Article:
As for the future of procurement negotiation, perhaps one day we’ll see buyers and suppliers lining up their chatbots against each other and letting them negotiate in rapid, complex code.

May the best bot win.

In other procurement news this week:

Hackett research reveals dramatic savings from digital transformation

  • New research from The Hackett Group has shown that the potential cost take-out opportunity through digital transformation is up to 24%, through the implementation of robotic process automation, advanced analytics, cloud-based applications and other approaches.
  • The research has also revealed that world-class procurement organisation now operate at 22% lower labour costs, have 29% fewer staff, and generate more than twice the ROI of typical organisations, with over $10 in savings for every $1 of procurement operating costs.
  • The Hackett Group’s Christopher Sawchuck commented that procurement technology has reached an inflection point: “World-class organisations can continue to reduce costs by embracing digital technology, and typical procurement organisations can leverage the same technology to catch up faster at less cost.”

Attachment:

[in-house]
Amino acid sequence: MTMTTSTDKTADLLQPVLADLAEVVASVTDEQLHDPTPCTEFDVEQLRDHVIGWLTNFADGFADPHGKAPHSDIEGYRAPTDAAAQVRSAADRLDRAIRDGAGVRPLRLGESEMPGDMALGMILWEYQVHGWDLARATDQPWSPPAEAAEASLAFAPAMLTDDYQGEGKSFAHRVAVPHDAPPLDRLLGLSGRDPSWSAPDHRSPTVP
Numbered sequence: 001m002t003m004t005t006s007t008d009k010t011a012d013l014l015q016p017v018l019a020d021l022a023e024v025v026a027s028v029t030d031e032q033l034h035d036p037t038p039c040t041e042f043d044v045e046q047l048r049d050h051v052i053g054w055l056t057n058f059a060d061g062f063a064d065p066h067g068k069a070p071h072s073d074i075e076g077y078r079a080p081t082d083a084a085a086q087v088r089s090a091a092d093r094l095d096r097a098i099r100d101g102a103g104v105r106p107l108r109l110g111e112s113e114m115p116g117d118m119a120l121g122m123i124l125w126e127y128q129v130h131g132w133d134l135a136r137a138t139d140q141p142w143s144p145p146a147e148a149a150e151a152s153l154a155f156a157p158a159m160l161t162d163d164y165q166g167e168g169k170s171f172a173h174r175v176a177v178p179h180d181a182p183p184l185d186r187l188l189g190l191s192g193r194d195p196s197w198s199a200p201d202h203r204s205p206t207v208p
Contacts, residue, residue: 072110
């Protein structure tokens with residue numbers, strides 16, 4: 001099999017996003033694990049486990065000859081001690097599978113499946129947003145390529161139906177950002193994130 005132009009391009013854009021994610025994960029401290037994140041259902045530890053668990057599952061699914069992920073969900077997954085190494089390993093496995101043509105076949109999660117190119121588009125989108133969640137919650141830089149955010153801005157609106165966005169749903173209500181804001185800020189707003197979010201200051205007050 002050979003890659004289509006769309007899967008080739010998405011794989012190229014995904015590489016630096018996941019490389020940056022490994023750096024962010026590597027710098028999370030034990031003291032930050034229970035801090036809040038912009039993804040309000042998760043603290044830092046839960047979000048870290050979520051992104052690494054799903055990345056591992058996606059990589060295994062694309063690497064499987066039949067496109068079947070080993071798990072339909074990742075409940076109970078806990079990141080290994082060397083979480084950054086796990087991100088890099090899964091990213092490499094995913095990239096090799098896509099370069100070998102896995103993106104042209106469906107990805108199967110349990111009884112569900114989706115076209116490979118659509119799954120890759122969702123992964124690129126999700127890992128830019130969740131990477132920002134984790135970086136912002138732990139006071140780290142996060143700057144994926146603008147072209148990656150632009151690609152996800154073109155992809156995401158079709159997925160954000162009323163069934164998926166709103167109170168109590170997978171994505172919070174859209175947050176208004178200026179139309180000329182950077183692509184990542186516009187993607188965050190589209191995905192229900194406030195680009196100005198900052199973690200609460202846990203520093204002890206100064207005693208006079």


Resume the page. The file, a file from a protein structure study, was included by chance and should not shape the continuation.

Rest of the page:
Download the research here: http://www.thehackettgroup.com/research/2017/wcpapr17/SalesForce-World-Class-Advantage-17Q2-PR.html

Collaborative Robots to Boost Warehouse Productivity

  • In a shift away from the apparent race to replace humans with robotic workers, firms are designing robots to work alongside people in warehouses and boost productivity.
  • “Collaborative” robots can have a variety of uses, including leading human workers to the exact location of a product, or carrying goods from one part of the warehouse to another. DHL, Bonobos and Zara are known to be experimenting with the technology.